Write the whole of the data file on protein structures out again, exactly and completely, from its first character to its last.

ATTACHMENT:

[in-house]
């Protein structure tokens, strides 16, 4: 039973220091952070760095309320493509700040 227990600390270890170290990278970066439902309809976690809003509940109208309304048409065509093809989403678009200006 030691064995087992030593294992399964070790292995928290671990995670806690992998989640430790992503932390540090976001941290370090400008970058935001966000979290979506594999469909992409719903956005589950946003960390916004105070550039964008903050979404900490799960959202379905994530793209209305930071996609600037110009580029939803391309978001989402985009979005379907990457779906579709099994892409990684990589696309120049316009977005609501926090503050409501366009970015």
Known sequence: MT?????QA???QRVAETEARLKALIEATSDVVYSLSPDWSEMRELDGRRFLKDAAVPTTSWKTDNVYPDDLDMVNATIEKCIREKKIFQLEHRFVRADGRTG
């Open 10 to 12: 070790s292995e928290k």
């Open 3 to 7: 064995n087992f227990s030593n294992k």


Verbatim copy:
[in-house]
């Protein structure tokens, strides 16, 4: 039973220091952070760095309320493509700040 227990600390270890170290990278970066439902309809976690809003509940109208309304048409065509093809989403678009200006 030691064995087992030593294992399964070790292995928290671990995670806690992998989640430790992503932390540090976001941290370090400008970058935001966000979290979506594999469909992409719903956005589950946003960390916004105070550039964008903050979404900490799960959202379905994530793209209305930071996609600037110009580029939803391309978001989402985009979005379907990457779906579709099994892409990684990589696309120049316009977005609501926090503050409501366009970015």
Known sequence: MT?????QA???QRVAETEARLKALIEATSDVVYSLSPDWSEMRELDGRRFLKDAAVPTTSWKTDNVYPDDLDMVNATIEKCIREKKIFQLEHRFVRADGRTG
């Open 10 to 12: 070790s292995e928290k």
């Open 3 to 7: 064995n087992f227990s030593n294992k």